- Big Screen TVs (virtually all "projection" technology). As you stare at your cheap 50" LCD, remember that a 50" big screen in 1983 could cost as much as a Ford. It would have three lenses, a curved screen and a mirror, and unless you were sitting right in front of it, the image would be distorted.

- SUVs. The typical family-hauler was still a station wagon, with the first minivans starting to appear. Subaru had a small following in Vermont and in some ski towns. The Jeep Wagoneer/Cherokee was around, but was mostly for blue-bloods who wanted to look like they had to get down a 2 mile driveway in New England in the winter. Everybody else used snow tires.

- Leather seats in cars. Fairly widely available, but never standard until you were looking at european imports like Volvo, Mercedes, Porsche. Even Cadillac had cloth or vinyl as the standard, and shelling out a fair amount of extra dough for something as cosmetic as leather? That was in the territory of Luxury (though perhaps more affordable luxury -- if money really were no object, you'd probably be putting Recaros in)

- Branded sunglasses became a thing. A $20 pair of Foster Grants was nowhere to be seen at the country club by the time Vuarnet sponsored the 1984 Olympics.

- Manicures for men. A projection of "my hands don't do manual labor, ever." and unthinkable prior to some of the gender-flexibility that Bowie/Boy George were personifying.
posted by toxic at 11:03 AM on July 8, 2013 [1 favorite]


Some nitpicking about the car stuff mentioned (I graduated from high school in Michigan in 1975) -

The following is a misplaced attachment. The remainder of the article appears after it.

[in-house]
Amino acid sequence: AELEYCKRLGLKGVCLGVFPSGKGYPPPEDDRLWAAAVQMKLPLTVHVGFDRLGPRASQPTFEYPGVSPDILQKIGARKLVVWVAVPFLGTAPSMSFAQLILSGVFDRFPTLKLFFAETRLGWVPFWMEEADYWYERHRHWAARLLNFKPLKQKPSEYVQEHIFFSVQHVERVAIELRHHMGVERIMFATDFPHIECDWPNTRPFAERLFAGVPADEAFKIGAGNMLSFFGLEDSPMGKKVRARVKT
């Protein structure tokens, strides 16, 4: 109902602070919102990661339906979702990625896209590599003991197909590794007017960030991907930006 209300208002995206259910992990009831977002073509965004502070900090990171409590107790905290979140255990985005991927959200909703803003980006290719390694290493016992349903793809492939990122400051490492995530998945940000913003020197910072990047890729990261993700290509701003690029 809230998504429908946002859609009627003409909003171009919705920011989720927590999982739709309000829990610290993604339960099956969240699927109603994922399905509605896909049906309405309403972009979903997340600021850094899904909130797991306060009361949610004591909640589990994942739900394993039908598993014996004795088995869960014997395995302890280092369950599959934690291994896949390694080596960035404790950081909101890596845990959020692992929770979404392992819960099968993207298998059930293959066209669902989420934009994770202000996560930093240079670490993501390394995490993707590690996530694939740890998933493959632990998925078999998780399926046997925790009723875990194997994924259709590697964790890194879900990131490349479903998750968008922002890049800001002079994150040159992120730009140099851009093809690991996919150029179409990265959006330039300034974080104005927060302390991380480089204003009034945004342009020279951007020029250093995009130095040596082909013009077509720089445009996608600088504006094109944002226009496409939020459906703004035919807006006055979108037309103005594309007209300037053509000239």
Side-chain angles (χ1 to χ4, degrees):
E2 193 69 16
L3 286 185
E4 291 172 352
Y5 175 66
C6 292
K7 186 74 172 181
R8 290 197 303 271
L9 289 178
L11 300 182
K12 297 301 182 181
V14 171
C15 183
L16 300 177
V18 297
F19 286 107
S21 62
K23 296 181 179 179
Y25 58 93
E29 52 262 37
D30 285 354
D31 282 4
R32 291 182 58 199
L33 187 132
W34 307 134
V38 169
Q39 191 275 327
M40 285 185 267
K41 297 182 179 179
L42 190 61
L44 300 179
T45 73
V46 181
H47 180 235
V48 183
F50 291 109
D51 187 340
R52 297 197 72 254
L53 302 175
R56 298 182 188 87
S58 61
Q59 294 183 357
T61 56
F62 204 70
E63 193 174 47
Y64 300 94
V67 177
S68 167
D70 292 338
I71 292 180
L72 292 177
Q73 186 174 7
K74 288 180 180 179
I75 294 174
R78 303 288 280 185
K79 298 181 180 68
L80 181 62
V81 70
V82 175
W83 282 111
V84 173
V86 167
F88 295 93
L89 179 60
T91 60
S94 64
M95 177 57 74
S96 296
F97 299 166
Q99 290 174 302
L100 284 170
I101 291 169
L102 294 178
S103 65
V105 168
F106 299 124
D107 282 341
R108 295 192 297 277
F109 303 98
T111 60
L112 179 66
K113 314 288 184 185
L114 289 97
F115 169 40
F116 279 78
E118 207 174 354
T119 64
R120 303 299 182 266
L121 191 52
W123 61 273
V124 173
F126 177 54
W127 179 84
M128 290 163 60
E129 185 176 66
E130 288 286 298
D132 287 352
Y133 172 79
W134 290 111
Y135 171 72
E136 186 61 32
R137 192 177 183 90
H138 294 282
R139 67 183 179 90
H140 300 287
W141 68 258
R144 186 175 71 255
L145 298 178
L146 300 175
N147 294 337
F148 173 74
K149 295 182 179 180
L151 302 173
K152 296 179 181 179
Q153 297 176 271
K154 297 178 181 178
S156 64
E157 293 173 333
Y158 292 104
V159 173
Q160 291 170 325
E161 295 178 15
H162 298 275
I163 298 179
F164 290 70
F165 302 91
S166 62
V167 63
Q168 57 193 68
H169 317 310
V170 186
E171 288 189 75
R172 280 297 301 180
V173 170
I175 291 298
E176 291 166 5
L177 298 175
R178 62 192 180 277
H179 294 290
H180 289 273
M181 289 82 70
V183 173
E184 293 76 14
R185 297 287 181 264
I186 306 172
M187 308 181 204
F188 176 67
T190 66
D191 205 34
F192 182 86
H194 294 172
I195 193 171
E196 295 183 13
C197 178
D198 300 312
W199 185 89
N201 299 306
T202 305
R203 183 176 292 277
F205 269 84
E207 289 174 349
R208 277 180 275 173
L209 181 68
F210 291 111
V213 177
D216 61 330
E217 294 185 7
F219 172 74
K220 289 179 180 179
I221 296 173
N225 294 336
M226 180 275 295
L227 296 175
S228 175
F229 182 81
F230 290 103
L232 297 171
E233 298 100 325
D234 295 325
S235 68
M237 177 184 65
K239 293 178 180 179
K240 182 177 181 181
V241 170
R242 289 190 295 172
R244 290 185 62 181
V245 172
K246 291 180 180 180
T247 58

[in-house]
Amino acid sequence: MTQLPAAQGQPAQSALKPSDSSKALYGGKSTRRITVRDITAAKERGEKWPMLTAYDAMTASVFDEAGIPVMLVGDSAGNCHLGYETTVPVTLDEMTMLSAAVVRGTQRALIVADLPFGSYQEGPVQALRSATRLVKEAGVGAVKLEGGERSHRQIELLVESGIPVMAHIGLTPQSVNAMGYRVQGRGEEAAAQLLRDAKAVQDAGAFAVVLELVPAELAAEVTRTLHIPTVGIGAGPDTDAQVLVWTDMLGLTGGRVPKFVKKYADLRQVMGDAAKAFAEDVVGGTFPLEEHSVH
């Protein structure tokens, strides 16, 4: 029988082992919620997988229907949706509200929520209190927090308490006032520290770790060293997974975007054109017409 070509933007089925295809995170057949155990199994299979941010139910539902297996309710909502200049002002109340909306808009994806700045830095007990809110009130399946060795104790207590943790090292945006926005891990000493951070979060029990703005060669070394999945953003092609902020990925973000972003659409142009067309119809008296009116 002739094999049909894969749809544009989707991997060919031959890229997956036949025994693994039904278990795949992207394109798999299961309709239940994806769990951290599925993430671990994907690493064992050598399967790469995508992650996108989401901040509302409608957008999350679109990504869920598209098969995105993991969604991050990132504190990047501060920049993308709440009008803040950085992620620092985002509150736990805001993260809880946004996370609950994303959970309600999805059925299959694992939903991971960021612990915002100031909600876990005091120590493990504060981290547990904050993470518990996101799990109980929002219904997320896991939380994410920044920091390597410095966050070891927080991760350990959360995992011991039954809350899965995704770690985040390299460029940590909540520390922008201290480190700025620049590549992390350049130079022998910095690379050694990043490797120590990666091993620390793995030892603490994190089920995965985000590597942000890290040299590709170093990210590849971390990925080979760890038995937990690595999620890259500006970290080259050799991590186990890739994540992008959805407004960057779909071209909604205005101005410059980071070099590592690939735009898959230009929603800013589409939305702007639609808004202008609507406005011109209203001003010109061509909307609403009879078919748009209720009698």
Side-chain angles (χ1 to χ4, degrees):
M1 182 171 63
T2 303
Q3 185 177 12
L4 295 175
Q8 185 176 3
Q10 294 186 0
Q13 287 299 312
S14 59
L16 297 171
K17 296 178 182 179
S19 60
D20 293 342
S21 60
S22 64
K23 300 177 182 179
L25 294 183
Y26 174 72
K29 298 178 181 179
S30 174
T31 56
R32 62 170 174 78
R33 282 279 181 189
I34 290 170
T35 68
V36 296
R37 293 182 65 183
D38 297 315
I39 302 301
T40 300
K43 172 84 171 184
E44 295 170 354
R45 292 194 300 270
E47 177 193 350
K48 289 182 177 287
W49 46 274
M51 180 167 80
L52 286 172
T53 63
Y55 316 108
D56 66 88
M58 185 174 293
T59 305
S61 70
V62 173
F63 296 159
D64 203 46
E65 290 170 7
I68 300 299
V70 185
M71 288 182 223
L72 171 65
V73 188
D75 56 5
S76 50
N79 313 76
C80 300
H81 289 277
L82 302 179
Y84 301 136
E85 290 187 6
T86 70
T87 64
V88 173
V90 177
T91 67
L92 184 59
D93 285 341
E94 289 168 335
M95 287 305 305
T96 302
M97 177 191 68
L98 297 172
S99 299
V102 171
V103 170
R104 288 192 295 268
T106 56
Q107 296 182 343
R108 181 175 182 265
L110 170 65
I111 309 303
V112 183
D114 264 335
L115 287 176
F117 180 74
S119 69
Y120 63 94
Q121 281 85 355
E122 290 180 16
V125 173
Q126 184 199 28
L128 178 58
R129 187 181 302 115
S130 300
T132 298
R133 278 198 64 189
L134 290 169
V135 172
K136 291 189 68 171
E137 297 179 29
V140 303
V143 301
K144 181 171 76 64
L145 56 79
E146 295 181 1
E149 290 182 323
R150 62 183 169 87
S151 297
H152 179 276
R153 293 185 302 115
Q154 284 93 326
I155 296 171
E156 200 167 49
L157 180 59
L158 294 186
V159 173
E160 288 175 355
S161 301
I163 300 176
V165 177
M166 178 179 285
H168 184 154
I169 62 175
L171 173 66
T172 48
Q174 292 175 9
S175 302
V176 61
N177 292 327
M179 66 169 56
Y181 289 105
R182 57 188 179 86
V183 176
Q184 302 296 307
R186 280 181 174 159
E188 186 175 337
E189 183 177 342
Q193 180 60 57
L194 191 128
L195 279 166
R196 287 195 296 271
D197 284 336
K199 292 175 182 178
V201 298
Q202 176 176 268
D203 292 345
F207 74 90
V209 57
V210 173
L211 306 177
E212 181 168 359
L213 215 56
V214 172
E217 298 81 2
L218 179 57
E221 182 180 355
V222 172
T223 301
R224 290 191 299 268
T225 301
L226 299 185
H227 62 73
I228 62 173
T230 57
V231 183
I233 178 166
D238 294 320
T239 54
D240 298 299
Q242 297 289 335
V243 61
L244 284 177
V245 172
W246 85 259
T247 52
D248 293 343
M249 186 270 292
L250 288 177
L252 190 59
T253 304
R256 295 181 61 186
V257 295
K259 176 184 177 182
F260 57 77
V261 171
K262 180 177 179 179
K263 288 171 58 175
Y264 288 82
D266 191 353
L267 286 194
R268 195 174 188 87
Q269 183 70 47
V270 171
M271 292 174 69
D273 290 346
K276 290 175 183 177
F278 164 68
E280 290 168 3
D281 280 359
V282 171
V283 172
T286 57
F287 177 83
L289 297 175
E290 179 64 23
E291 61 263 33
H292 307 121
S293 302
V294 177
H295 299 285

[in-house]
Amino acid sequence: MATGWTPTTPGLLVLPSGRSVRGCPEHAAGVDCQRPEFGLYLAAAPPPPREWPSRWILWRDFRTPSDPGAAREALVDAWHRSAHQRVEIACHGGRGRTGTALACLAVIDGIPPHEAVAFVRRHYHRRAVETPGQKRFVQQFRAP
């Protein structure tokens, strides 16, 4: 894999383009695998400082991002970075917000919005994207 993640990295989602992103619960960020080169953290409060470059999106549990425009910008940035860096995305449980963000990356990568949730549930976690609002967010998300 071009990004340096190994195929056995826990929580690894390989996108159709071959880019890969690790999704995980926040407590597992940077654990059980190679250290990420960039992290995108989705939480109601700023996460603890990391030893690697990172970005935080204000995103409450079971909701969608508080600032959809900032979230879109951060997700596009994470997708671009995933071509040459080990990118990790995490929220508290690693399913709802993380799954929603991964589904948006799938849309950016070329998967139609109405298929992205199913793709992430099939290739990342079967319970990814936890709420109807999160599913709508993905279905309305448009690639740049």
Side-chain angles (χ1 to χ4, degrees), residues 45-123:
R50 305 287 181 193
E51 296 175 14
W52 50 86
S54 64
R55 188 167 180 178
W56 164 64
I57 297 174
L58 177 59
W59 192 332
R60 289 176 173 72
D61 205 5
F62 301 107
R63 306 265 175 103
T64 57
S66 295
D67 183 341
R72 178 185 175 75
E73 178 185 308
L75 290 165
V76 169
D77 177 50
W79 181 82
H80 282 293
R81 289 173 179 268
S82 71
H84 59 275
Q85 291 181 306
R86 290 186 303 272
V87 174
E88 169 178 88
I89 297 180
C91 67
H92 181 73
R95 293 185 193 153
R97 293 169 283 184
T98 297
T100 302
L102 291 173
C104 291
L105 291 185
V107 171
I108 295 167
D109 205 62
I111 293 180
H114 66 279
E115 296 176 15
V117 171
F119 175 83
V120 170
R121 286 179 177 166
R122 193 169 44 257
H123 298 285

The Chevy K-5 Blazer was a pretty popular SUV that started showing up in the 70s - they were much more common than any foreign SUV in the 80s. The Ford equivalent was the Bronco.

Air conditioning in cars was also quite common in the 80s, and wasn't super expensive. My first car, a 1972 Chevelle, was the only car I every owned without air conditioning.

Lots of middle class families had two cars in the 70s, not to mention the 80s.
posted by rfs at 12:05 PM on July 8, 2013 [1 favorite]


Big screen TVs, definitely. Only *one* kid in my entire elementary school class, ca 1986-87, was rich enough to afford one. (She also lived in a McMansion before they were called that!)

Whereas a year or so ago my mother bought a much larger TV off craigslist for something like $150.
posted by like_a_friend at 12:57 PM on July 8, 2013


photocopiers were more expensive to own and operate, and so small businesses were less likely to have one

You could lease a copier. That might have cost a few thousand a year, plus the toner and paper. The copier would track the number of copies made, and you might have to pay a surcharge if you went over your allowance.
posted by yohko at 1:08 PM on July 8, 2013


I got in a car accident in 1991, and the vehicle that hit my mom's minivan was an SUV. I had no vocabulary to describe what it was other than, "A truck, but with the back closed in, like a car." I think SUVs must not have been too common even then (This was in small-town Georgia).
posted by zoetrope at 2:14 PM on July 8, 2013